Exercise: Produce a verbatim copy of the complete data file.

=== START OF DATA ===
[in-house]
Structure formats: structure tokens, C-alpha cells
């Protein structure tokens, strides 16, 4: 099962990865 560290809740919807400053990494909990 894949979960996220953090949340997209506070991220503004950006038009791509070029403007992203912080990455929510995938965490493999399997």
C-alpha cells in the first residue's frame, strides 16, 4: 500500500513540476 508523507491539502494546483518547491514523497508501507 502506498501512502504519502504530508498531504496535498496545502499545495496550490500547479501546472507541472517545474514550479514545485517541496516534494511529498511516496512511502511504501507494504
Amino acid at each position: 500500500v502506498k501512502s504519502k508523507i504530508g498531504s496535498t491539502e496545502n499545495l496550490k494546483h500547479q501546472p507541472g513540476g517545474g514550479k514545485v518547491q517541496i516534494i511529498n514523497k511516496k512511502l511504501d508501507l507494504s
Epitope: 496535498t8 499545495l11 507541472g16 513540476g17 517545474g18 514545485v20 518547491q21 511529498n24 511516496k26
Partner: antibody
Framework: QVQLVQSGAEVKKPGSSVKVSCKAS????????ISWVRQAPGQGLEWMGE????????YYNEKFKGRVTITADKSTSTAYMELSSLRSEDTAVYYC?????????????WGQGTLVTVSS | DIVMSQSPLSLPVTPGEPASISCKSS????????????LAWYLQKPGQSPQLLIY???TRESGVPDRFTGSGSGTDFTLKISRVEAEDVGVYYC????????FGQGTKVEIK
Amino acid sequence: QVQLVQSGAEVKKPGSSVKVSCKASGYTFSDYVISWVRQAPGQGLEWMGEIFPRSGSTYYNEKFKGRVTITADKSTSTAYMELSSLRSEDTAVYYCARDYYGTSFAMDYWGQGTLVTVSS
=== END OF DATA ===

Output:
[in-house]
Structure formats: structure tokens, C-alpha cells
């Protein structure tokens, strides 16, 4: 099962990865 560290809740919807400053990494909990 894949979960996220953090949340997209506070991220503004950006038009791509070029403007992203912080990455929510995938965490493999399997």
C-alpha cells in the first residue's frame, strides 16, 4: 500500500513540476 508523507491539502494546483518547491514523497508501507 502506498501512502504519502504530508498531504496535498496545502499545495496550490500547479501546472507541472517545474514550479514545485517541496516534494511529498511516496512511502511504501507494504
Amino acid at each position: 500500500v502506498k501512502s504519502k508523507i504530508g498531504s496535498t491539502e496545502n499545495l496550490k494546483h500547479q501546472p507541472g513540476g517545474g514550479k514545485v518547491q517541496i516534494i511529498n514523497k511516496k512511502l511504501d508501507l507494504s
Epitope: 496535498t8 499545495l11 507541472g16 513540476g17 517545474g18 514545485v20 518547491q21 511529498n24 511516496k26
Partner: antibody
Framework: QVQLVQSGAEVKKPGSSVKVSCKAS????????ISWVRQAPGQGLEWMGE????????YYNEKFKGRVTITADKSTSTAYMELSSLRSEDTAVYYC?????????????WGQGTLVTVSS | DIVMSQSPLSLPVTPGEPASISCKSS????????????LAWYLQKPGQSPQLLIY???TRESGVPDRFTGSGSGTDFTLKISRVEAEDVGVYYC????????FGQGTKVEIK
Amino acid sequence: QVQLVQSGAEVKKPGSSVKVSCKASGYTFSDYVISWVRQAPGQGLEWMGEIFPRSGSTYYNEKFKGRVTITADKSTSTAYMELSSLRSEDTAVYYCARDYYGTSFAMDYWGQGTLVTVSS